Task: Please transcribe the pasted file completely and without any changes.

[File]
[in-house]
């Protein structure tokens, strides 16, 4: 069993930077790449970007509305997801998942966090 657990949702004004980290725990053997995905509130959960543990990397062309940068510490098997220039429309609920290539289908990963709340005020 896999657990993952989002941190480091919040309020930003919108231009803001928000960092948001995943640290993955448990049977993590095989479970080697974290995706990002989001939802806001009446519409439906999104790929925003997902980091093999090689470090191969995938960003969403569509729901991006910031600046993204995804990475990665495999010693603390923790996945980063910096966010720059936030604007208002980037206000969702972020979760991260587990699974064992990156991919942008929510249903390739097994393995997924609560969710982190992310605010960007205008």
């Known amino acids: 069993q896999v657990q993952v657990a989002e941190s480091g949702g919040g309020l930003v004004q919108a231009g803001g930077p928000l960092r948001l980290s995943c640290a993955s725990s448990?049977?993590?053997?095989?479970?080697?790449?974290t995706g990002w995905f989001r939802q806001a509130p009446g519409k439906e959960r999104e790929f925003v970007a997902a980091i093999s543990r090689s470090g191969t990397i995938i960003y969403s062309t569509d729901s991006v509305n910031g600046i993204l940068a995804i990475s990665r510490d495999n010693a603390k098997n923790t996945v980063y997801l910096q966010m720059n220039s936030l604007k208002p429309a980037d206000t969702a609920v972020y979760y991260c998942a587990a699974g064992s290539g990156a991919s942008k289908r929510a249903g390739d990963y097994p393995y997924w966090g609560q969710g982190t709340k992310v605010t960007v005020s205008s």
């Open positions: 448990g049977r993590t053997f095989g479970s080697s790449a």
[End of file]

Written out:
[in-house]
């Protein structure tokens, strides 16, 4: 069993930077790449970007509305997801998942966090 657990949702004004980290725990053997995905509130959960543990990397062309940068510490098997220039429309609920290539289908990963709340005020 896999657990993952989002941190480091919040309020930003919108231009803001928000960092948001995943640290993955448990049977993590095989479970080697974290995706990002989001939802806001009446519409439906999104790929925003997902980091093999090689470090191969995938960003969403569509729901991006910031600046993204995804990475990665495999010693603390923790996945980063910096966010720059936030604007208002980037206000969702972020979760991260587990699974064992990156991919942008929510249903390739097994393995997924609560969710982190992310605010960007205008």
């Known amino acids: 069993q896999v657990q993952v657990a989002e941190s480091g949702g919040g309020l930003v004004q919108a231009g803001g930077p928000l960092r948001l980290s995943c640290a993955s725990s448990?049977?993590?053997?095989?479970?080697?790449?974290t995706g990002w995905f989001r939802q806001a509130p009446g519409k439906e959960r999104e790929f925003v970007a997902a980091i093999s543990r090689s470090g191969t990397i995938i960003y969403s062309t569509d729901s991006v509305n910031g600046i993204l940068a995804i990475s990665r510490d495999n010693a603390k098997n923790t996945v980063y997801l910096q966010m720059n220039s936030l604007k208002p429309a980037d206000t969702a609920v972020y979760y991260c998942a587990a699974g064992s290539g990156a991919s942008k289908r929510a249903g390739d990963y097994p393995y997924w966090g609560q969710g982190t709340k992310v605010t960007v005020s205008s």
């Open positions: 448990g049977r993590t053997f095989g479970s080697s790449a």